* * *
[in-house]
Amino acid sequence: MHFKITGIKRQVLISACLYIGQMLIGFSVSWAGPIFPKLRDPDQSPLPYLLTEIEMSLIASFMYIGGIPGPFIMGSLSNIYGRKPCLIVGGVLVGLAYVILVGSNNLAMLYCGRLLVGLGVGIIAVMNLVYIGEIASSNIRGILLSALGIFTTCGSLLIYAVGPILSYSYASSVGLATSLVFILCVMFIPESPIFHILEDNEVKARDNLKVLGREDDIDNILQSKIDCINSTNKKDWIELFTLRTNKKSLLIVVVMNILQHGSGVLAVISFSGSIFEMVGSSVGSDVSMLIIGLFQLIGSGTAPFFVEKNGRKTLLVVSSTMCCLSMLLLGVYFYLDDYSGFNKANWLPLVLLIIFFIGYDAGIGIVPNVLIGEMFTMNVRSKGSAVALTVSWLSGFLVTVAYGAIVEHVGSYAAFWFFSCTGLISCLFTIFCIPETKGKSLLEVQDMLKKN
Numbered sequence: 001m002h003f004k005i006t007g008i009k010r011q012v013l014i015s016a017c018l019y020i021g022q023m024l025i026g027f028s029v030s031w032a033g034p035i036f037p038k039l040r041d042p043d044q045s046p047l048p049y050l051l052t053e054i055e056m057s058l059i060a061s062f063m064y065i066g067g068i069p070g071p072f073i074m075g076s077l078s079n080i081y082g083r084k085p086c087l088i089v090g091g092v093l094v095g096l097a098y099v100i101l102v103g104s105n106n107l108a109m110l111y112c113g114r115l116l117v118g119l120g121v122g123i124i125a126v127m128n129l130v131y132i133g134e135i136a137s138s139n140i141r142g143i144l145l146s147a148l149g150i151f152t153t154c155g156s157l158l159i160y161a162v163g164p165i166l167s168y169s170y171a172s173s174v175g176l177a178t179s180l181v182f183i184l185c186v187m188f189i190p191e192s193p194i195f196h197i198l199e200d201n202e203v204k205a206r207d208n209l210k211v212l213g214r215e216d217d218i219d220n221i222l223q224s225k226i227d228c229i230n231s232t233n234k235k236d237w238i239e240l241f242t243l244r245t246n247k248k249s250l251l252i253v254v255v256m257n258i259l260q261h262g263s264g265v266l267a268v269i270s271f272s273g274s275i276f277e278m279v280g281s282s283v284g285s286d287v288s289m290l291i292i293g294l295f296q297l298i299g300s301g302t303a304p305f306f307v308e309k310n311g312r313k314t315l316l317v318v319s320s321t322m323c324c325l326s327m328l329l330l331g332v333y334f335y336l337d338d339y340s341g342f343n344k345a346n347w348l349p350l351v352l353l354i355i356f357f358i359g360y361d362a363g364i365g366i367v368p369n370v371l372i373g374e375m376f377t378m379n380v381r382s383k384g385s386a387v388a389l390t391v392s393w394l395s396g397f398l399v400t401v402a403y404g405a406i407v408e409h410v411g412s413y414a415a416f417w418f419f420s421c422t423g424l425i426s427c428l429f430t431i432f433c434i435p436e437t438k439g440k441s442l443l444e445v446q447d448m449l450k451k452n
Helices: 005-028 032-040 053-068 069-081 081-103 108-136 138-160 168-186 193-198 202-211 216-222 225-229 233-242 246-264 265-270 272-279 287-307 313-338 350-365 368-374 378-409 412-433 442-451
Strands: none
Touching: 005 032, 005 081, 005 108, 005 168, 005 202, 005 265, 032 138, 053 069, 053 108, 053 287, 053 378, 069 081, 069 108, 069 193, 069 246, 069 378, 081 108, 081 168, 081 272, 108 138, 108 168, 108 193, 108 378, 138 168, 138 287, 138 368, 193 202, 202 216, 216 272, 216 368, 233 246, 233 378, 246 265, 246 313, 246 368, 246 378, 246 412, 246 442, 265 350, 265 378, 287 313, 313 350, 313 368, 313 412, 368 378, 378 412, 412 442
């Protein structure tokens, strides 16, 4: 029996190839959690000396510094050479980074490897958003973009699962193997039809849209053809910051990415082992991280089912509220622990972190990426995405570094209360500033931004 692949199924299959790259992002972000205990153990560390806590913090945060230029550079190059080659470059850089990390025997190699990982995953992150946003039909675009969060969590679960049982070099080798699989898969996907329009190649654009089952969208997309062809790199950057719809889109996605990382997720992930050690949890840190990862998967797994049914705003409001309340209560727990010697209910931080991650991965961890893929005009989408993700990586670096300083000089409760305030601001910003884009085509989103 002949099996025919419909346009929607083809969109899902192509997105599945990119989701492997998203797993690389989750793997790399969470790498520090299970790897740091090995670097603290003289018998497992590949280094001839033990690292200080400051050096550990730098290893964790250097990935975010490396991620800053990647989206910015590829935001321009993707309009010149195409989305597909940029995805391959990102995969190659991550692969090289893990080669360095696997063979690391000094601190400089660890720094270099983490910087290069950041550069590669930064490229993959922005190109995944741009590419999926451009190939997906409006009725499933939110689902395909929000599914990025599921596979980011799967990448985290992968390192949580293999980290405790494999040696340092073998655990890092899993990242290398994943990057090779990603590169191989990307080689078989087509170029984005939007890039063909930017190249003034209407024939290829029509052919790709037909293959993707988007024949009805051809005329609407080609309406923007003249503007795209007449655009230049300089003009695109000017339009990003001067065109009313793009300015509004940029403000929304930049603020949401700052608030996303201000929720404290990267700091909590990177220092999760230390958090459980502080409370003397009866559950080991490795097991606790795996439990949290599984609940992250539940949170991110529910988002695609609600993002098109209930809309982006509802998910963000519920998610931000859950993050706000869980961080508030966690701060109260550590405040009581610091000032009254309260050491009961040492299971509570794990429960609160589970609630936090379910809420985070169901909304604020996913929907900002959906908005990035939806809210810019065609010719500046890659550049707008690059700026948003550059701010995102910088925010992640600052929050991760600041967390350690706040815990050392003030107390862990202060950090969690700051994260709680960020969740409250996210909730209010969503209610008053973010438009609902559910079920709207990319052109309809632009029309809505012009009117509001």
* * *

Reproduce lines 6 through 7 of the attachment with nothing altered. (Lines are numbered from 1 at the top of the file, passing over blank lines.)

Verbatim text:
Touching: 005 032, 005 081, 005 108, 005 168, 005 202, 005 265, 032 138, 053 069, 053 108, 053 287, 053 378, 069 081, 069 108, 069 193, 069 246, 069 378, 081 108, 081 168, 081 272, 108 138, 108 168, 108 193, 108 378, 138 168, 138 287, 138 368, 193 202, 202 216, 216 272, 216 368, 233 246, 233 378, 246 265, 246 313, 246 368, 246 378, 246 412, 246 442, 265 350, 265 378, 287 313, 313 350, 313 368, 313 412, 368 378, 378 412, 412 442
């Protein structure tokens, strides 16, 4: 029996190839959690000396510094050479980074490897958003973009699962193997039809849209053809910051990415082992991280089912509220622990972190990426995405570094209360500033931004 692949199924299959790259992002972000205990153990560390806590913090945060230029550079190059080659470059850089990390025997190699990982995953992150946003039909675009969060969590679960049982070099080798699989898969996907329009190649654009089952969208997309062809790199950057719809889109996605990382997720992930050690949890840190990862998967797994049914705003409001309340209560727990010697209910931080991650991965961890893929005009989408993700990586670096300083000089409760305030601001910003884009085509989103 002949099996025919419909346009929607083809969109899902192509997105599945990119989701492997998203797993690389989750793997790399969470790498520090299970790897740091090995670097603290003289018998497992590949280094001839033990690292200080400051050096550990730098290893964790250097990935975010490396991620800053990647989206910015590829935001321009993707309009010149195409989305597909940029995805391959990102995969190659991550692969090289893990080669360095696997063979690391000094601190400089660890720094270099983490910087290069950041550069590669930064490229993959922005190109995944741009590419999926451009190939997906409006009725499933939110689902395909929000599914990025599921596979980011799967990448985290992968390192949580293999980290405790494999040696340092073998655990890092899993990242290398994943990057090779990603590169191989990307080689078989087509170029984005939007890039063909930017190249003034209407024939290829029509052919790709037909293959993707988007024949009805051809005329609407080609309406923007003249503007795209007449655009230049300089003009695109000017339009990003001067065109009313793009300015509004940029403000929304930049603020949401700052608030996303201000929720404290990267700091909590990177220092999760230390958090459980502080409370003397009866559950080991490795097991606790795996439990949290599984609940992250539940949170991110529910988002695609609600993002098109209930809309982006509802998910963000519920998610931000859950993050706000869980961080508030966690701060109260550590405040009581610091000032009254309260050491009961040492299971509570794990429960609160589970609630936090379910809420985070169901909304604020996913929907900002959906908005990035939806809210810019065609010719500046890659550049707008690059700026948003550059701010995102910088925010992640600052929050991760600041967390350690706040815990050392003030107390862990202060950090969690700051994260709680960020969740409250996210909730209010969503209610008053973010438009609902559910079920709207990319052109309809632009029309809505012009009117509001």